Horgan John and Honora tombstones
Base of memorial to John and Honora Horgan
St John's, Kapunda, South Australia

Genealogy Snapshot

Name: John Horgan
Parents: Thomas Horgan and Johanna Fitzgerald
Spouse: Honora O'Leary

Relationship to Carmel: Great grandfather
  1. John Horgan 1832 - 1883
  2. Andrew Joseph Horgan 1869 - 1951
  3. Edward John Horgan 1908 - 1992
  4. Carmel
1. Seen on  different documents as Joan, Juliana (Latin) and Johanna Fitzgerald.
Catholic Parish Registers at the NLI, Killeentierna | Microfilm 04272 / 02, http://registers.nli.ie//registers/vtls000634281#page/37/mode/1up 

2. Irish pioneers of South Australia : the Fitzgeralds / compiled by Fitzgerald Book Committee under the direction of Matt Fitzgerald, 1986

3. SA passenger lists :1847 -1886 available at http://search.findmypast.com.au/record?id=anz%2fsouthaupassengerlists%2f135135

4. 1883 'Family Notices', Kapunda Herald (SA : 1878 - 1951), 17 April, p. 2. , viewed 03 Jun 2016, http://nla.gov.au/nla.news-article106575206

This post first appeared on https://earlieryears.blogspot.com/2016/06/john-horgan-of-linwood.html

Tuesday, 17 May 2016

Murphy's mixed message

Trove Tuesday

Found in Family Notices. What’s this?
Murphy's BDM notice

In 1901 a certain Ed. T. Murphy proprietor of the Clare Castle Hotel in Kapunda, South Australia, had decided to advertise his goods and services in a novel manner as attested by the text in the illustration. (1)

Did you notice his mistake? Yes, of course, marriage should come before death and somehow he has mixed up the headings….. or perhaps the proprietor of the newspaper was having a joke on him and deliberately switched the order.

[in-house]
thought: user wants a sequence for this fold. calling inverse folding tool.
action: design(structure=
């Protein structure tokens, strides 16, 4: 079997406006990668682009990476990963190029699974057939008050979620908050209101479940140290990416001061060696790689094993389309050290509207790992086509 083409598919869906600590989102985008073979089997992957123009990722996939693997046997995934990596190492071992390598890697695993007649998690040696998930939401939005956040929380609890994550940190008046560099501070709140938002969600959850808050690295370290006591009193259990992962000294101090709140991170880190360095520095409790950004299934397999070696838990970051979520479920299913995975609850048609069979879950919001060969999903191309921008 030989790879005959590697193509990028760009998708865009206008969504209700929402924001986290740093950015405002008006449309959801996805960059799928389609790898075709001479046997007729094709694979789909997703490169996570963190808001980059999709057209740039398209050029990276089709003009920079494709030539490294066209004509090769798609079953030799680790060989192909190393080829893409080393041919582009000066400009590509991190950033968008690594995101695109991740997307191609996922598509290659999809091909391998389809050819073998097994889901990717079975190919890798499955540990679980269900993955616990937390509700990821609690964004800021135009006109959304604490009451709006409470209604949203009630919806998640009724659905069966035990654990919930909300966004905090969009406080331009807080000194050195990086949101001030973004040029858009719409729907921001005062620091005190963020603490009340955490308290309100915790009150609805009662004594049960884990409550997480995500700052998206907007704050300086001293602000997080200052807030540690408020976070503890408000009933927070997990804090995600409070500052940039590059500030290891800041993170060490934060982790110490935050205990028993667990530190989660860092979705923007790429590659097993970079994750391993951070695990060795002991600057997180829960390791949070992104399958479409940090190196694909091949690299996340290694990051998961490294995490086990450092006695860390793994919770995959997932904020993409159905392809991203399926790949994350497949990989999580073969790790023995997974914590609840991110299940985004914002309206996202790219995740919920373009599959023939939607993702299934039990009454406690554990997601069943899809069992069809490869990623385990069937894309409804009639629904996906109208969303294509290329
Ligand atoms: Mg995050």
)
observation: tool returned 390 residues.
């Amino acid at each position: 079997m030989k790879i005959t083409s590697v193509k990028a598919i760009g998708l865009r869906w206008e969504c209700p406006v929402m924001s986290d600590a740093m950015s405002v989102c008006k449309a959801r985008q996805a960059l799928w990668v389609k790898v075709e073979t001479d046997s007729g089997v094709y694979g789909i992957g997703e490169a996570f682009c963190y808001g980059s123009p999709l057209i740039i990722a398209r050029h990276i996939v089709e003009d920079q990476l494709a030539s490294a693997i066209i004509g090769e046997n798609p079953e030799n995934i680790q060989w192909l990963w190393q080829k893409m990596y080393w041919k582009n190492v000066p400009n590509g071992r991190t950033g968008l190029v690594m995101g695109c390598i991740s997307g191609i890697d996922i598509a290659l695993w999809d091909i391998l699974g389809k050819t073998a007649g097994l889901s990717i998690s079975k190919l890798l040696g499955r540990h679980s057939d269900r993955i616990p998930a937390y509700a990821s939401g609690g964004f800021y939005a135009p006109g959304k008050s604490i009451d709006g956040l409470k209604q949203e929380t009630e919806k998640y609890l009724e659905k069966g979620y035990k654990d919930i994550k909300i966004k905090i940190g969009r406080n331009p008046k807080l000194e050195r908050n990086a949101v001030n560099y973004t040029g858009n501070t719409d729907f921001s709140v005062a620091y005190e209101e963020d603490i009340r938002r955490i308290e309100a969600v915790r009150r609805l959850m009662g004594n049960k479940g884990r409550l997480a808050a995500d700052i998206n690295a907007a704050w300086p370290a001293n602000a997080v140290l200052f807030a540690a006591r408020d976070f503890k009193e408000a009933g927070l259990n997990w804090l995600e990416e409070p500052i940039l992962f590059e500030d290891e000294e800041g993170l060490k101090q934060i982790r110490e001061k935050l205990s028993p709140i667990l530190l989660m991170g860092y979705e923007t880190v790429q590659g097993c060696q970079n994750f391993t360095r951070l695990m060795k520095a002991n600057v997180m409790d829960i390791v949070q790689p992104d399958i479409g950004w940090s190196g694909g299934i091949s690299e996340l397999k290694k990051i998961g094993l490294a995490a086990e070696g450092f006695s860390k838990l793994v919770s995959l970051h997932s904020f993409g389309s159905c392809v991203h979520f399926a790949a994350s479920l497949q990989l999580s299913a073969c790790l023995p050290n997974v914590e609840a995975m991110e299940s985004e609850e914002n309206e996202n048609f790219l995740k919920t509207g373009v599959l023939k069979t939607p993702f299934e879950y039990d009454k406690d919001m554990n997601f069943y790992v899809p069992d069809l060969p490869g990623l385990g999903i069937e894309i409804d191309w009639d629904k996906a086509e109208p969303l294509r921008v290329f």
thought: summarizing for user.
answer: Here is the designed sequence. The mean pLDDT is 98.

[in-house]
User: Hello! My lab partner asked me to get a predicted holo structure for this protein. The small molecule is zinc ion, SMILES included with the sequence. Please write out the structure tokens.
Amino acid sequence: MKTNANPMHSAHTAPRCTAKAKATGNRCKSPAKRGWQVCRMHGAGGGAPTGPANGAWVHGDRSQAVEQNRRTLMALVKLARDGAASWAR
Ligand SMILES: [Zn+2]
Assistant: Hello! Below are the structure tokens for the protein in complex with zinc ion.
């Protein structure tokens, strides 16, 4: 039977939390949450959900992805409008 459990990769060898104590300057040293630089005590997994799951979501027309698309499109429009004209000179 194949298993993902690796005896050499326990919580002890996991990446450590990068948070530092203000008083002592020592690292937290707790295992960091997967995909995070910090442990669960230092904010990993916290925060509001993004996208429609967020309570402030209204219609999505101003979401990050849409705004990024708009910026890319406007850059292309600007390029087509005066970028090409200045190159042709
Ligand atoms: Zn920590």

Ah, the delights of text correction in Trove. I’ve been working through all the Family Notices in the Kapunda Herald over a period of about 18 months when this one popped up today to provide an entertaining variation.

On looking further into the exploits of Ed. T Murphy, he was not only a publican who had owned a variety of hotels in Adelaide but was a consistent correspondent to the newspapers of the day. He wrote letters about licensing laws, police appointments and football matches to mention but a few topics.

The Clare Castle Hotel, Kapunda

The Clare Castle Hotel situated at the southern end of Kapunda opened in 1859. It had suffered a series of reversals through the years leading up to its acquisition by Ed.T. Murphy. In 1862, the original licensee, James Glynn, was drowned in an accident while crossing the River Light to the Catholic church. He was washed away in a flood and his horse found dead the following morning. (2) His wife with several children to support, initially took over the licence. However, by the late 1860s, a number of applicants had been refused the licence.

It was finally granted to W. Slattery in March 1871 when he received the support of the local council who saw the need for a hotel at the southern end of the town.  A transfer of this licence was effected to G. Young in September 1882 followed by another transfer to M. McInherney in December of the same year. In May of 1886 the hotel was advertised:
HOTEL - FOR SALE, LEASE of SIX YEARS of CLARE CASTLE HOTEL, KAPUNDA- Doing a good business. Satisfactory reasons for leaving can be given. Application to Mrs. McInherney, Clare Castle Hotel, Kapunda. (3)
In July 1888, Mrs. McInherney's only son Patrick James died aged 16 and she disposed of the business. Her husband had died in 1875.

In 1889, James Battams was in charge of the hotel and by March 1891 Michael Fitzgerald had taken over the licence. His short-lived tenancy ended in September in the great depression of 1891. He was declared insolvent and the premises and all it contained were sold. (4)